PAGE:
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Like all similar works, the isolario of Antonio Millo (1582-91) is enriched by engravings already published in contemporary editions. Antonio marks perillous waters on the maps of his isolaria, and uses the place names found in contemporary portolani.

The Accademia Cosmografica degli Argonauti in Venice, founded by V.M. Coronelli, published hundreds of engravings showing Venice's victories during the Ottoman-Venetian war (1684-1687). Naturally, its publications include several copper engravings of Monemvasia. Views, plans, drawings and maps highlight this important fortress on the east coast of Lakonia. The engravings in the 1708 works by V. M. Coronelli are highly appealing, although most plates repeat subjects already published in earlier editions of the Accademia Cosmografica degli Argonauti.

Identical copies of these drawings, or variations thereof illustrate reeditions or translations of Coronelli's works as well as later travel chronicles (B. Randolph, 1689), historical treatises and geographic editions (Ol. Dapper, 1688 and J.von Sandrart, 1686; the latter copied his maps from a popular edition of the late 16thcentury). The plates in the work by J. Sandrart (1687) show castles and other location, in their majority under Ottoman rule. Several similar works which highlight the victories of the Venetians against the Ottomans in the Sixth Ottoman-Venetian War (1684-1699) were released during the same period.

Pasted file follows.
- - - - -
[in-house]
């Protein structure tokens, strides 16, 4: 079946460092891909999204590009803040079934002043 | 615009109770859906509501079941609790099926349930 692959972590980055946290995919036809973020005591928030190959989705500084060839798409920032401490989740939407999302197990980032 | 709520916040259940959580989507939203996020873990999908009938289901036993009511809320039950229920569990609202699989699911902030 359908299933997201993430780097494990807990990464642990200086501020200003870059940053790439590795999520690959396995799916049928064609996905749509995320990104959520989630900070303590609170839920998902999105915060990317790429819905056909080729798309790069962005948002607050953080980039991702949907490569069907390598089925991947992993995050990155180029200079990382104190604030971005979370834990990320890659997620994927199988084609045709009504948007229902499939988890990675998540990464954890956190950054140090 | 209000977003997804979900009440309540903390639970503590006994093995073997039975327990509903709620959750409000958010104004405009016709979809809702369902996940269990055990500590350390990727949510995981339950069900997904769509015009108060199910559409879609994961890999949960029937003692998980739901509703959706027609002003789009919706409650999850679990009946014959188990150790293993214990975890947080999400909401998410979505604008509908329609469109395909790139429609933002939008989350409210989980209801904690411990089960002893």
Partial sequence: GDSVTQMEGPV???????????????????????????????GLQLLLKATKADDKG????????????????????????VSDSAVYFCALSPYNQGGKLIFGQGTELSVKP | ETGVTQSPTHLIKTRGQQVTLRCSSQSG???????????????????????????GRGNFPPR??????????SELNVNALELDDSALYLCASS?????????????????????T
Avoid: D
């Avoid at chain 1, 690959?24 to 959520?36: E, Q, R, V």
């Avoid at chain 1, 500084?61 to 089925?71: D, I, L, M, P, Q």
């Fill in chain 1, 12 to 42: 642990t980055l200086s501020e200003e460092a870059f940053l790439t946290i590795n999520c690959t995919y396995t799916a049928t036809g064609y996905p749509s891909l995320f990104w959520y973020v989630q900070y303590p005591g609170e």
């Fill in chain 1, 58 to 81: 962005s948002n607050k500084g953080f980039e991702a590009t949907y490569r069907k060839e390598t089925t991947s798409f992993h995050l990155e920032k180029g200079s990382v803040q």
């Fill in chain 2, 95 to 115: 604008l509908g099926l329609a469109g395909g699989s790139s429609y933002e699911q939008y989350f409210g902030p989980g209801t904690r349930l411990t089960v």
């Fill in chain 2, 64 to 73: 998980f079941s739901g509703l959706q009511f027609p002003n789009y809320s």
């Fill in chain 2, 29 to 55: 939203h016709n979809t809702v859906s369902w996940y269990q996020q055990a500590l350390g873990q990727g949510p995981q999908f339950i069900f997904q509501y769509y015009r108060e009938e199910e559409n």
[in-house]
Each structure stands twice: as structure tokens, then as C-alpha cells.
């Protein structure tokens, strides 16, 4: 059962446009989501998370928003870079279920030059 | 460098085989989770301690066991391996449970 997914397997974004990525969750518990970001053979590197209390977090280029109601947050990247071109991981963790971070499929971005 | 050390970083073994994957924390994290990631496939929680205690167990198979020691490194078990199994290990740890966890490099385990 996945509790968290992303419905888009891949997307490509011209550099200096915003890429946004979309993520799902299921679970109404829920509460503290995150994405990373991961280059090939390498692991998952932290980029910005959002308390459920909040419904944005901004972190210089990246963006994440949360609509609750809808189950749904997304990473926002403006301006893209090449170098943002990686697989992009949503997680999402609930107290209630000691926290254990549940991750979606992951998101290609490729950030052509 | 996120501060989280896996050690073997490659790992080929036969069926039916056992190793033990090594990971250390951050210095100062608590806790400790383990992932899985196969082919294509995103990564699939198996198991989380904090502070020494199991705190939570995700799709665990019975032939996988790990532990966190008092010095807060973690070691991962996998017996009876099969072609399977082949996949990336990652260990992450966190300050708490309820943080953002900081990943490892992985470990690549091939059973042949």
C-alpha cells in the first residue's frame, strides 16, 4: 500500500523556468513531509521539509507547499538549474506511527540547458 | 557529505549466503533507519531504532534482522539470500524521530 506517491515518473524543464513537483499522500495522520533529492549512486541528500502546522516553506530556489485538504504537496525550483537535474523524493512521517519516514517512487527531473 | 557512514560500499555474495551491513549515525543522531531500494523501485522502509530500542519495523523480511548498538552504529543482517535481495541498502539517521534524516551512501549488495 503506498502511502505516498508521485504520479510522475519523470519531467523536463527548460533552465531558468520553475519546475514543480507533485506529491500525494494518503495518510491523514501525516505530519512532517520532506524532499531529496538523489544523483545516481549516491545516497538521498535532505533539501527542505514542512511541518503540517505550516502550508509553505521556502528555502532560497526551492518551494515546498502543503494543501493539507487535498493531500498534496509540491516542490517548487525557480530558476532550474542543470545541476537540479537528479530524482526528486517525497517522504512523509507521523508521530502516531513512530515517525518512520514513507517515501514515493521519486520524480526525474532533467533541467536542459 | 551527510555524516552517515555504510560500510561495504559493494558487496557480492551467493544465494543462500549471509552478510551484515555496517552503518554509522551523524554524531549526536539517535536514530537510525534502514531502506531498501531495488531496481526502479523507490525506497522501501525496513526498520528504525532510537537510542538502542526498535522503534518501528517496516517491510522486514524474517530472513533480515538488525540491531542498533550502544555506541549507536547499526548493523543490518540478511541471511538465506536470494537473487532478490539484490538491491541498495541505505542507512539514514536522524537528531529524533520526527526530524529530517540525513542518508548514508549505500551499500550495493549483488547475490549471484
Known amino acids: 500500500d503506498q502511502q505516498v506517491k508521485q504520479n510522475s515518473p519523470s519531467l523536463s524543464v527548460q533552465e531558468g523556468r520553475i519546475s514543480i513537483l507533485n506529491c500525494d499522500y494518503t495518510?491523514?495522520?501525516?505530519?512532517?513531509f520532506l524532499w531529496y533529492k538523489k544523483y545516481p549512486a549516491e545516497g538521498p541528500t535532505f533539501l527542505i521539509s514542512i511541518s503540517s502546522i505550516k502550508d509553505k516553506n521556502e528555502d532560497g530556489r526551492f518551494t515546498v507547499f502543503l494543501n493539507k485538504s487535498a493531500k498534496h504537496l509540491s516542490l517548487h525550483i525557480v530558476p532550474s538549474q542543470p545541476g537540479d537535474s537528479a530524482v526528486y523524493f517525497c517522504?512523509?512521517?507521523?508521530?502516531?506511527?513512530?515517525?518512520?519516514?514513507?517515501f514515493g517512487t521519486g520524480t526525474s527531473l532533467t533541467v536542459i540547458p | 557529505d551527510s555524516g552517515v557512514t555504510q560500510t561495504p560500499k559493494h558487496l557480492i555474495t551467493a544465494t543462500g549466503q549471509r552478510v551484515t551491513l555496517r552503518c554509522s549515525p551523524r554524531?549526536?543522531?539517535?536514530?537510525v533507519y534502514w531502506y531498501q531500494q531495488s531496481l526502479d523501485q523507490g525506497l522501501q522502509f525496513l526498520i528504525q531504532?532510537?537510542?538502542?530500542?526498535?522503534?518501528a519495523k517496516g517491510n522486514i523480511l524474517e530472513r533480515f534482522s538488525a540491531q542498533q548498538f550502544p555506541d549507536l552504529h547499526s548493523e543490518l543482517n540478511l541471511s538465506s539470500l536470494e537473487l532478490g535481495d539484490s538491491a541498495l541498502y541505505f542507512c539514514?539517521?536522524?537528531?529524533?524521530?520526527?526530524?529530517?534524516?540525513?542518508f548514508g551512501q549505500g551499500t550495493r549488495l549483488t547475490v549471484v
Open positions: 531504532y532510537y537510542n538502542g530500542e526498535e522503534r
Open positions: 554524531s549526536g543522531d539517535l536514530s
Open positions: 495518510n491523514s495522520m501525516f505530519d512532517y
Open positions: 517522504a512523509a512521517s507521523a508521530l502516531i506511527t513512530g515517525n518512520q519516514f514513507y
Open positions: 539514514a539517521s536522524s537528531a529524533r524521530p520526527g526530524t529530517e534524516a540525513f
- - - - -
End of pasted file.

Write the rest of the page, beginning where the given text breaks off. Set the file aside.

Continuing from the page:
The editions by J. Enderlin include copies of engravings found in earlier or nearly contemporary popular works (1686). The editions by J. Peeters in the late 17th century (1690) exalt the victories of the Holy League in the Ottoman-Venetian wars. The plates show cities, ports and other locations in Austria, southeastern Europe, the eastern Mediterranean and places in Asia all the way to India. Clearly influenced by the editions of the Accademia Cosmografica degli Argonauti, G. Albrizzi's work (1687) includes a series of major fortresses, ports and towns, mainly of the Peloponnese.

A.L. Castellan's drawings of Monemvasia (1808) are objective but marked by sensitivity. Towards the end of the 19th century, views of the place show the influence of photography even when they are rendered in wood engravings (A. von Schweiger Lerchenfeld, 1887). In the early 20th century, Fr. Perilla embellished his books with his own drawings, photographs, engravings and water colours (1929).

Written by Ioli Vingopoulou